RecA-mediated strand invasion of DNA by oligonucleotides substituted with 2-aminoadenine and 2-thiothymine.

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This article has been peer reviewed. It was published in: Nucleic acids research.

Volume 36, Issue 21, December 2008, Pages 6806-6815.

The published version is available at DOI: 10.1093/nar/gkn755. Copyright © Oxford Journals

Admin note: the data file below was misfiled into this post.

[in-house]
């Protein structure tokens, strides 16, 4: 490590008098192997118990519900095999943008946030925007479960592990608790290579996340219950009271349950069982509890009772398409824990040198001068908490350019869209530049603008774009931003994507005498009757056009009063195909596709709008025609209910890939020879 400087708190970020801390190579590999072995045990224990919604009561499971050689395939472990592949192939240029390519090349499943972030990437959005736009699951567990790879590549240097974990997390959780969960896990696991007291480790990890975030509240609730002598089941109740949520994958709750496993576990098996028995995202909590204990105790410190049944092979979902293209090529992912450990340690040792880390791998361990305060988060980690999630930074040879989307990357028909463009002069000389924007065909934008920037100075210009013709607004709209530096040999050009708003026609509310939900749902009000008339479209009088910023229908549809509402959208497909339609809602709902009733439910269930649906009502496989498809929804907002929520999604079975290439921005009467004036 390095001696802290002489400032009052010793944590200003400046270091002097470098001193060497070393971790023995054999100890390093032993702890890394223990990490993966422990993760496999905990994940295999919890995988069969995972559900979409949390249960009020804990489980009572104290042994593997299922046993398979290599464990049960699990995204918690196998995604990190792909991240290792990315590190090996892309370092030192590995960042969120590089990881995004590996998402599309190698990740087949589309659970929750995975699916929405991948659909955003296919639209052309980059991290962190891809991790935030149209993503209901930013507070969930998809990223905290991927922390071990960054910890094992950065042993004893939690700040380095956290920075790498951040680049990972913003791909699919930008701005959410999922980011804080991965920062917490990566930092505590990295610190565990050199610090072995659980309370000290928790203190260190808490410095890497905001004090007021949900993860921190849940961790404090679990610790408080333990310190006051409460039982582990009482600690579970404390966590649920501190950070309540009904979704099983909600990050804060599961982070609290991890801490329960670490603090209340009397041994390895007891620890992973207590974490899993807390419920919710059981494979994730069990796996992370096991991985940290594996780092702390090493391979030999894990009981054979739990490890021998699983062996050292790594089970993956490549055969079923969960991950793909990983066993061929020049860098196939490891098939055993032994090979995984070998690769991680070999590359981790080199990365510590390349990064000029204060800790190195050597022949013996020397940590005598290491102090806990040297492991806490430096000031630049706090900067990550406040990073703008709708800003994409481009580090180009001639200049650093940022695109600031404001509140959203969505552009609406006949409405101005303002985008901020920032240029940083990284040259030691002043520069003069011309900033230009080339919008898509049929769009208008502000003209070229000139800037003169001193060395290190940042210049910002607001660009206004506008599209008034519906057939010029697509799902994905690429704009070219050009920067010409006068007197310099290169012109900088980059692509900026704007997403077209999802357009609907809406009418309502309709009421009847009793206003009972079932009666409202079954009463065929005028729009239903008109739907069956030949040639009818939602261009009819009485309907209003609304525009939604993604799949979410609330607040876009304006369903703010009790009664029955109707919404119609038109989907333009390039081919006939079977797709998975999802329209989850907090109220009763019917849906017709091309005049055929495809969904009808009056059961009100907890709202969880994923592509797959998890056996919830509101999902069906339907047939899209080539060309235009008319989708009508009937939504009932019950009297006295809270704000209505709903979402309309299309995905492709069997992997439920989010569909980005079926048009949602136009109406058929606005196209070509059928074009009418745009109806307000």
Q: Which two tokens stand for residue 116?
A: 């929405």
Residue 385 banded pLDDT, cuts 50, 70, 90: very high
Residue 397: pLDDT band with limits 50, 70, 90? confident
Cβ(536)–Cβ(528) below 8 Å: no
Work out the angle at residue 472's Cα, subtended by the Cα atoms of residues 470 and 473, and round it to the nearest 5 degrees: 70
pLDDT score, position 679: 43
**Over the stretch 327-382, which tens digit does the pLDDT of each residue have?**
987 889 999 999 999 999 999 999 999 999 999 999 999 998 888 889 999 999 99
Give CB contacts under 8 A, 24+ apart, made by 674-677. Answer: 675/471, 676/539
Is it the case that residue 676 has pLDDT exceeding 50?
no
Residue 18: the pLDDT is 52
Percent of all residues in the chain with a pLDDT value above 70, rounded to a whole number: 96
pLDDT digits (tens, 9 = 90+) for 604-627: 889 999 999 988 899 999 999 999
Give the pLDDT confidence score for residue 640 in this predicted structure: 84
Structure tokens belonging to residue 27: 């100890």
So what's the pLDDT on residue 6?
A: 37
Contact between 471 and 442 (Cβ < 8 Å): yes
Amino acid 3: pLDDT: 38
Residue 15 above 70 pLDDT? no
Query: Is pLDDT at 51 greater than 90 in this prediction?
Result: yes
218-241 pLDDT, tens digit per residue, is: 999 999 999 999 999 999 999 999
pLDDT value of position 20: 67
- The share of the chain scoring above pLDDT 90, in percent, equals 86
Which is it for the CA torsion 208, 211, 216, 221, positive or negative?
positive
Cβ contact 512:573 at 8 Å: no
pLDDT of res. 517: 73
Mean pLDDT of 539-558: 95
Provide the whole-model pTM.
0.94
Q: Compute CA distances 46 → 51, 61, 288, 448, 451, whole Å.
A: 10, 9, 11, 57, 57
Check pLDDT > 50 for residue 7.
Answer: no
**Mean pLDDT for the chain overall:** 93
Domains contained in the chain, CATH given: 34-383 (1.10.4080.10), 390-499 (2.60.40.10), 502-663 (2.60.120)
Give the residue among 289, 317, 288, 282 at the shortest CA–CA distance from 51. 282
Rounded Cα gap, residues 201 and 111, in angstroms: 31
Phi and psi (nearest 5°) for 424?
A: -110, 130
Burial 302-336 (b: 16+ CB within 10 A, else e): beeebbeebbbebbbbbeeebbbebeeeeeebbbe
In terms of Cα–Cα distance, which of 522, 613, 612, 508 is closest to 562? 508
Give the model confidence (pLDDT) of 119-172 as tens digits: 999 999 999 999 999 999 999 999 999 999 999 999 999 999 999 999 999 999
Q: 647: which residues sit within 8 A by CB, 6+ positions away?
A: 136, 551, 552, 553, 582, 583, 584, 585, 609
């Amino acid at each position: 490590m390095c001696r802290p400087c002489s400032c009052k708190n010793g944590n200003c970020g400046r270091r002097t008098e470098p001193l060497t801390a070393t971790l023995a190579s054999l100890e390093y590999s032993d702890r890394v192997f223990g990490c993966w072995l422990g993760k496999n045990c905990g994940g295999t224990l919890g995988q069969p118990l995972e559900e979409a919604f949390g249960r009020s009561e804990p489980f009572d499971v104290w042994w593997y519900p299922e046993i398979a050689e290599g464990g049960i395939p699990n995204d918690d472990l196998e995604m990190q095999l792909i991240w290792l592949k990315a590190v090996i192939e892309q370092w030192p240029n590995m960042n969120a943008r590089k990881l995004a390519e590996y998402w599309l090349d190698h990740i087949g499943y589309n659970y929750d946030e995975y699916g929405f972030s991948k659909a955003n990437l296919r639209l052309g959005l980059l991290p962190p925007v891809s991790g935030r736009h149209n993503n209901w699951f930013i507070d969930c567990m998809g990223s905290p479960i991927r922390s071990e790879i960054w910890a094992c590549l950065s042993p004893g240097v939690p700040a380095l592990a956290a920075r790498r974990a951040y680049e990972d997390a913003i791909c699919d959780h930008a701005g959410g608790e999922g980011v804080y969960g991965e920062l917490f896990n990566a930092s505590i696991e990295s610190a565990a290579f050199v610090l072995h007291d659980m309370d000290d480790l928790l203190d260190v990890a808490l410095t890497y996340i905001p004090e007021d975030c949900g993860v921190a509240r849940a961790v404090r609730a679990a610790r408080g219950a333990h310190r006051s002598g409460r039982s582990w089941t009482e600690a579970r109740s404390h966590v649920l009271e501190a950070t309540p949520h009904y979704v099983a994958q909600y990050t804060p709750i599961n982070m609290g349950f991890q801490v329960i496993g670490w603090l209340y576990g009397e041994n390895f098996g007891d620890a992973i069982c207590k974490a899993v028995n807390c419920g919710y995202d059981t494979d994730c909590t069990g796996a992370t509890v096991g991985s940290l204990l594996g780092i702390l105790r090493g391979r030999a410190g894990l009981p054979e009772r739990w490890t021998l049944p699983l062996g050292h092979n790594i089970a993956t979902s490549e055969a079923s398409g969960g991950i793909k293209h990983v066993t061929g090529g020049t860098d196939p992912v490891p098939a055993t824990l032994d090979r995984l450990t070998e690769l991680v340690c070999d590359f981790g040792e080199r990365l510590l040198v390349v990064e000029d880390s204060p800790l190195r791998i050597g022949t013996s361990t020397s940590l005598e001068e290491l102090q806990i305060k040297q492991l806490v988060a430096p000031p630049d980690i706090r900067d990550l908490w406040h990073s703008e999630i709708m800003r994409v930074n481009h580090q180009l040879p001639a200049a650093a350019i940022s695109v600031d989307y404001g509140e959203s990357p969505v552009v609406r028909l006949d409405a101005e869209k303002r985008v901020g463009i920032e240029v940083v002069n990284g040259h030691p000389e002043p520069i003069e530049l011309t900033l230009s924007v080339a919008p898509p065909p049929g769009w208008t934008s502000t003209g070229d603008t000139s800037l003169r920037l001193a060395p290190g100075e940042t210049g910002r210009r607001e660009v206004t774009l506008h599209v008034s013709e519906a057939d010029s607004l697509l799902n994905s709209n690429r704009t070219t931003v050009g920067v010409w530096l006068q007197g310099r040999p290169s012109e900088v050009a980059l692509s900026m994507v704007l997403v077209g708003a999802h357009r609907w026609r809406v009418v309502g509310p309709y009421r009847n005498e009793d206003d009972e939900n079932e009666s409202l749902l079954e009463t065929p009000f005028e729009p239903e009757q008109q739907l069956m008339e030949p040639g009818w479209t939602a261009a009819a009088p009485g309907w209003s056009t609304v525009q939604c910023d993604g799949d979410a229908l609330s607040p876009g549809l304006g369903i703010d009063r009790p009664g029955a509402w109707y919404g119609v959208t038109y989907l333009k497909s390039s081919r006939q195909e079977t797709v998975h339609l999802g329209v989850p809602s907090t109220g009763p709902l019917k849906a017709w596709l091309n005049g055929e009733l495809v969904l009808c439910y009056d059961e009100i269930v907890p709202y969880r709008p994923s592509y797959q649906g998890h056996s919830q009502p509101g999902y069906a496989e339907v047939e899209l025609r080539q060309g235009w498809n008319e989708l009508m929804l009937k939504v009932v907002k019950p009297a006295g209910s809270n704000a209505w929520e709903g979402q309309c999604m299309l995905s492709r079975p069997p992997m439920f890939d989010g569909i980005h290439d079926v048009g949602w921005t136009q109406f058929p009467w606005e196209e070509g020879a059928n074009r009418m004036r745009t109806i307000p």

Sequence-specific recognition of DNA is a critical step in gene targeting. Here we describe unique oligonucleotide (ON) hybrids that can stably pair to both strands of a linear DNA target in a RecA-dependent reaction with ATP or ATPgammaS. One strand of the hybrids is a 30-mer DNA ON that contains a 15-nt-long A/T-rich central core. The core sequence, which is substituted with 2-aminoadenine and 2-thiothymine, is weakly hybridized to complementary locked nucleic acid or 2'-OMe RNA ONs that are also substituted with the same base analogs. Robust targeting reactions took place in the presence of ATPgammaS and generated metastable double D-loop joints. Since the hybrids had pseudocomplementary character, the component ONs hybridized less strongly to each other than to complementary target DNA sequences composed of regular bases. This difference in pairing strength promoted the formation of joints capable of accommodating a single mismatch. If similar joints can form in vivo, virtually any A/T-rich site in genomic DNA could be selectively targeted. By designing the constructs so that the DNA ON is mismatched to its complementary sequence in DNA, joint formation might allow the ON to function as a template for targeted point mutation and gene correction.

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